• Summary
  • Contents
  • Subject index

Contemporary thinking about management is still frequently presented as a set of universal, eternal verities. In this fascinating book Roy Jacques presents a discursive history of industrial work relationships in the United States which powerfully demonstrates that they are not. A central concern is to show that current `common-sense' in management forms an historically and culturally specific way of thinking about work and society which is often inappropriate for `managing for the twenty-first century'. The author is equally interested in revealing the cultural basis for American management ideas, currently exported round the world as an objective science, disconnected from its cultural and historical roots.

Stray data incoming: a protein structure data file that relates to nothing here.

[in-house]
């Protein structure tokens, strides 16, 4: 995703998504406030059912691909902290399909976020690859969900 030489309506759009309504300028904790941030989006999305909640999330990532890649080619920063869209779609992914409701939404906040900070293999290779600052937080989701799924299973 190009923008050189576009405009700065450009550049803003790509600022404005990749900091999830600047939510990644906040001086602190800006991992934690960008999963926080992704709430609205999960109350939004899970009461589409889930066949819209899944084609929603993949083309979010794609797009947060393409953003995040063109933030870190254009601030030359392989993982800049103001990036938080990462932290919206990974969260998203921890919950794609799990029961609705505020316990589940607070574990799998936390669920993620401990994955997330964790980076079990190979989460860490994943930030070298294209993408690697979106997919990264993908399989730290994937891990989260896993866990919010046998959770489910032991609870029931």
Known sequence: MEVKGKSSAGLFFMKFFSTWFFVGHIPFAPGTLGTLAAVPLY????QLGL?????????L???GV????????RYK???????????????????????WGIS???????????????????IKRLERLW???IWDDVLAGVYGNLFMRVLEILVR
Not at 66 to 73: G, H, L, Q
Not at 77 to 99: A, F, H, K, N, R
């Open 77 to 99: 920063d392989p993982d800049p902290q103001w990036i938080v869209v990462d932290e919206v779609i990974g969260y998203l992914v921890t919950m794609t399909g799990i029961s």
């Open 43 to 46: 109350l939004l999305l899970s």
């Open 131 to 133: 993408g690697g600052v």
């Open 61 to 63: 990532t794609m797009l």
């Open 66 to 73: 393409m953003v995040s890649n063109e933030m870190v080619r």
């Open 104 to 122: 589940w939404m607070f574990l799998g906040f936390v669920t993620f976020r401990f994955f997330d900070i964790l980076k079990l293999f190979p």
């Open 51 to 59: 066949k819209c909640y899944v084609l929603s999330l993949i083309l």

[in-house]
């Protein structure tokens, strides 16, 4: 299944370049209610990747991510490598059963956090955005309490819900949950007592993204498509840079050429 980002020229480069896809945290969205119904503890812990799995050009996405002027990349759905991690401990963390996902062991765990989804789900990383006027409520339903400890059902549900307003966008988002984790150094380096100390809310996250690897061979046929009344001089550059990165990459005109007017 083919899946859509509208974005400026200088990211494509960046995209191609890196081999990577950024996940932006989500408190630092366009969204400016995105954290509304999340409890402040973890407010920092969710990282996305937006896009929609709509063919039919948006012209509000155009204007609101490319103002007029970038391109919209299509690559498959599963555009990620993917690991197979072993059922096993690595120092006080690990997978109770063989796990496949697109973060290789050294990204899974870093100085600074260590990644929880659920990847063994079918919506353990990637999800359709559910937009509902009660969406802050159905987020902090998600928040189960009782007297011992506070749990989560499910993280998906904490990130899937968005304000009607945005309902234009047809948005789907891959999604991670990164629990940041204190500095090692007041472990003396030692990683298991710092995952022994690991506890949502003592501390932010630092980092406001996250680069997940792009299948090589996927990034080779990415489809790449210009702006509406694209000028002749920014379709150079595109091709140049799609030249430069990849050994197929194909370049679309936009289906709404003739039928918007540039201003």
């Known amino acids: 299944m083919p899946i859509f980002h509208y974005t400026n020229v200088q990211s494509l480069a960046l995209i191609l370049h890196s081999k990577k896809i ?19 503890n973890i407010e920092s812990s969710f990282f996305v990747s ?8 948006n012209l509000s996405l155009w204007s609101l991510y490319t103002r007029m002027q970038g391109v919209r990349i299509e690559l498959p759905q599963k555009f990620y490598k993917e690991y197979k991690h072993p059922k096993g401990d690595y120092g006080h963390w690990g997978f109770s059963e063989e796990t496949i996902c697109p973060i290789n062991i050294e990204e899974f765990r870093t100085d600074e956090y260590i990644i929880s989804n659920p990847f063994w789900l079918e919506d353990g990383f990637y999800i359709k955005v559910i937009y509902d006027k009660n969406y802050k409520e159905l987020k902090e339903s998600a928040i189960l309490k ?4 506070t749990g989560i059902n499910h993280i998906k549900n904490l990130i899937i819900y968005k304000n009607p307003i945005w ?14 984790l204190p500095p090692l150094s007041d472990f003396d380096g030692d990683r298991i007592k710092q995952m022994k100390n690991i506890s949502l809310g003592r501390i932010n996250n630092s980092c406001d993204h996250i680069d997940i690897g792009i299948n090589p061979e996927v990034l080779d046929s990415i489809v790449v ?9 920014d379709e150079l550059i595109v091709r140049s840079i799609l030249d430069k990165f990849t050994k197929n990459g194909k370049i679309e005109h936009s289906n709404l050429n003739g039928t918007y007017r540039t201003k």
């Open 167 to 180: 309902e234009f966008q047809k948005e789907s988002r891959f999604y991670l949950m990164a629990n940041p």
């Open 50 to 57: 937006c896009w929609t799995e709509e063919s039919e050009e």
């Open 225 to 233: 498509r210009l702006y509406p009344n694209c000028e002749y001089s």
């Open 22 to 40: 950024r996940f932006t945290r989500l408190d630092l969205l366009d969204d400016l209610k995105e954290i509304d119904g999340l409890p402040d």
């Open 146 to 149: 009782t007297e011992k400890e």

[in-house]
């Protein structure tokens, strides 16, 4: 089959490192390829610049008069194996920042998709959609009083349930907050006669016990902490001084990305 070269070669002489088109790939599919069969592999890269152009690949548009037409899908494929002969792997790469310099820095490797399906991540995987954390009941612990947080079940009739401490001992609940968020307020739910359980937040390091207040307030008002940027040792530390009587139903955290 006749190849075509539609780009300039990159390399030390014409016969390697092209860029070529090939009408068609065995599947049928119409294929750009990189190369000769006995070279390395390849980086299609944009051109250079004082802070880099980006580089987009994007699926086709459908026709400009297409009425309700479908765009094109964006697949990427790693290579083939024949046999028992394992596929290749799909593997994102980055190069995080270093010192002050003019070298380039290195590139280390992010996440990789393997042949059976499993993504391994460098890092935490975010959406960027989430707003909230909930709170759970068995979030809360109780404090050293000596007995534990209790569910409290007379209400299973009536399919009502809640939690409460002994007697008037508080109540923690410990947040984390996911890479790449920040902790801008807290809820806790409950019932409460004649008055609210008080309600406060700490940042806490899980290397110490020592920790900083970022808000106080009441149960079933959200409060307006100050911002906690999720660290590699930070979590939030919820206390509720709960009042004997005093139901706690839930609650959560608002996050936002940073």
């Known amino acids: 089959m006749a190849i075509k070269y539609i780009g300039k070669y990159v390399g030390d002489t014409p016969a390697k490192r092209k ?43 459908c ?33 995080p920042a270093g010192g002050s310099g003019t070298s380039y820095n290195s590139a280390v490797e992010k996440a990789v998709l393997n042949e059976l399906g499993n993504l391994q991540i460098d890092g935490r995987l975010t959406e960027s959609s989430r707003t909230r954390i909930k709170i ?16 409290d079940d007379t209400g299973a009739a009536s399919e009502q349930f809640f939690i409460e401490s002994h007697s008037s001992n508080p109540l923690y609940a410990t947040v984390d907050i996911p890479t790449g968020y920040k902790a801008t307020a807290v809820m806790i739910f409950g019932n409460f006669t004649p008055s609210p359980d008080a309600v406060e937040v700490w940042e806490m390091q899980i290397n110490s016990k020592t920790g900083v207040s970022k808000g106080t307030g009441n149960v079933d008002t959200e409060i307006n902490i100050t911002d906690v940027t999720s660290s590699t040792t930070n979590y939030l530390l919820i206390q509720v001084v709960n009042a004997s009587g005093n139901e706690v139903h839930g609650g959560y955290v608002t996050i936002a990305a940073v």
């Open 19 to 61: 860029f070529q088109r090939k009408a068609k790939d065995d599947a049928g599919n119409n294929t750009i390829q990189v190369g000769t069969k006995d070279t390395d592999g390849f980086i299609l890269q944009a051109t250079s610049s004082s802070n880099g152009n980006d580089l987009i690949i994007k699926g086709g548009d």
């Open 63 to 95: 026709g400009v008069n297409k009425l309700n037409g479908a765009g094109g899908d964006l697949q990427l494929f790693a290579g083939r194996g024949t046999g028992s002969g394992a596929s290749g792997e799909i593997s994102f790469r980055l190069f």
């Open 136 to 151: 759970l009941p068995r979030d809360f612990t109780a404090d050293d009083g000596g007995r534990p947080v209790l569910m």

Federalist Reality – the Pre-History of Management
Federalist reality – the pre-history of management

‘It's Not the Same America’ proclaims a 1994 article in Inc. magazine. According to this article:

America has always been, above all else, the land of opportunity, a country where those at the bottom can work their way up the ladder to succeed. But now that ideal is endangered – the bottom rung is broken. For some surprising reasons, the American Dream is being destroyed where it's needed most. (Welles, 1994: 82)

Welles echoes Bardwick's (1991:7) claim that ‘the American Dream is based on a contract that says, “if you work hard, you are going to be more successful than your parents were.”’ It is not surprising that Newman (1988) entitled her study of ...

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